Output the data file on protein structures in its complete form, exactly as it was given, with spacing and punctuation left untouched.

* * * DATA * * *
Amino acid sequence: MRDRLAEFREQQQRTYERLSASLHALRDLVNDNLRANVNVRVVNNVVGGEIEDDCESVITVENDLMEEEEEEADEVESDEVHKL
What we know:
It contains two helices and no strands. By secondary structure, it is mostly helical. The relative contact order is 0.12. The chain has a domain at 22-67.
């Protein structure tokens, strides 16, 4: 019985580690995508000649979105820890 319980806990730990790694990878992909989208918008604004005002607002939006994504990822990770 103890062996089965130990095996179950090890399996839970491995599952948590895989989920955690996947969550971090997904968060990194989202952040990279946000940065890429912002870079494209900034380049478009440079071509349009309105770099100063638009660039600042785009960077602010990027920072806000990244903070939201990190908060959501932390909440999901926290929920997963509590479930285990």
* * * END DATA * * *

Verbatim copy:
Amino acid sequence: MRDRLAEFREQQQRTYERLSASLHALRDLVNDNLRANVNVRVVNNVVGGEIEDDCESVITVENDLMEEEEEEADEVESDEVHKL
What we know:
It contains two helices and no strands. By secondary structure, it is mostly helical. The relative contact order is 0.12. The chain has a domain at 22-67.
């Protein structure tokens, strides 16, 4: 019985580690995508000649979105820890 319980806990730990790694990878992909989208918008604004005002607002939006994504990822990770 103890062996089965130990095996179950090890399996839970491995599952948590895989989920955690996947969550971090997904968060990194989202952040990279946000940065890429912002870079494209900034380049478009440079071509349009309105770099100063638009660039600042785009960077602010990027920072806000990244903070939201990190908060959501932390909440999901926290929920997963509590479930285990």